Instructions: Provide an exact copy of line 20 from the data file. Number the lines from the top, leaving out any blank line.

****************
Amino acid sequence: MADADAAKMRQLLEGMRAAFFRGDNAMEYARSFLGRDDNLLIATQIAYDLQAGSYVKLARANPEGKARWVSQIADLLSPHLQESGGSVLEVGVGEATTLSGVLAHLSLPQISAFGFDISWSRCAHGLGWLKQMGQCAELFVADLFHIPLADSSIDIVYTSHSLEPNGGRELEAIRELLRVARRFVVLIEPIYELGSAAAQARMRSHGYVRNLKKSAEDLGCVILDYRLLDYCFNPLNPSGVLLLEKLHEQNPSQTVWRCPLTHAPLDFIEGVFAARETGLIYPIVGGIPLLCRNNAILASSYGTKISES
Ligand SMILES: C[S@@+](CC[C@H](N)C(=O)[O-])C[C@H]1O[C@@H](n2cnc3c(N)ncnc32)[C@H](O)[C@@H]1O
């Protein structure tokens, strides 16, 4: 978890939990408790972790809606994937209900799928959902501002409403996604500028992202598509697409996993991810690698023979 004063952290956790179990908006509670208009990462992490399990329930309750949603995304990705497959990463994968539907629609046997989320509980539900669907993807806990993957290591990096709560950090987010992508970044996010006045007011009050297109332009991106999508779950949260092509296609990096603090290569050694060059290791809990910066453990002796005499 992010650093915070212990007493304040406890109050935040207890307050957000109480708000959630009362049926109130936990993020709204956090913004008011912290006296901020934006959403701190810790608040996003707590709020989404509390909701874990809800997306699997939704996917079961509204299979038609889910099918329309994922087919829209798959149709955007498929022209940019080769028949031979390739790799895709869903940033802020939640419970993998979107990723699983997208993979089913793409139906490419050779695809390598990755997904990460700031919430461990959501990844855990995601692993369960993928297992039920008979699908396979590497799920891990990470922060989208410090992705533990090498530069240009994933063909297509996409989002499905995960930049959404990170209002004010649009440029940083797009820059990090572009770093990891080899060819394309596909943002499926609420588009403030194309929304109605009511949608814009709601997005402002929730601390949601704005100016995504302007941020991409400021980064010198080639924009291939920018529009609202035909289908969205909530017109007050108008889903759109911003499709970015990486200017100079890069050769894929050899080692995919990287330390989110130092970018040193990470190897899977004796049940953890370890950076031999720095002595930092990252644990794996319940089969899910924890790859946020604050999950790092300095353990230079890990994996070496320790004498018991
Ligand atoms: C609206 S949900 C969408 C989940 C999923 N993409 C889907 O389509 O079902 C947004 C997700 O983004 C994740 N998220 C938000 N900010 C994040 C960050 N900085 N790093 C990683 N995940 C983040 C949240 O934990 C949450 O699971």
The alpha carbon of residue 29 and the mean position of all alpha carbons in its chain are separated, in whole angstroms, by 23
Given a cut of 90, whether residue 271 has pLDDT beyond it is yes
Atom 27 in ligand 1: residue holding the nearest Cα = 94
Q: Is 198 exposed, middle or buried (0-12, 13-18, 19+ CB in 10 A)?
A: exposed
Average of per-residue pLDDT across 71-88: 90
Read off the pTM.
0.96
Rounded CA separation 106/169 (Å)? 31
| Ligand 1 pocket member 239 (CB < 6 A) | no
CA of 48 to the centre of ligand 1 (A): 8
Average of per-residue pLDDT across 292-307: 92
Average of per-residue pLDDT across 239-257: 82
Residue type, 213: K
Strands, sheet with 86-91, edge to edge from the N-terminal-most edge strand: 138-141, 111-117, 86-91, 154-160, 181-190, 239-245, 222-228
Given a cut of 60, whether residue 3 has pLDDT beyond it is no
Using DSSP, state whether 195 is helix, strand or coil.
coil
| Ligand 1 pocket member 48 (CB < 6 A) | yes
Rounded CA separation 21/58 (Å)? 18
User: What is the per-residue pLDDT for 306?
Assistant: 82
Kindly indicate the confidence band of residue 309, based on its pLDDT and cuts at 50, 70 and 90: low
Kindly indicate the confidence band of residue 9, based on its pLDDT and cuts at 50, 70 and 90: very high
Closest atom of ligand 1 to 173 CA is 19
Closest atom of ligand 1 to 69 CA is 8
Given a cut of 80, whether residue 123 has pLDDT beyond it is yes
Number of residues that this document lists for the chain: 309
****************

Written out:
Given a cut of 60, whether residue 3 has pLDDT beyond it is no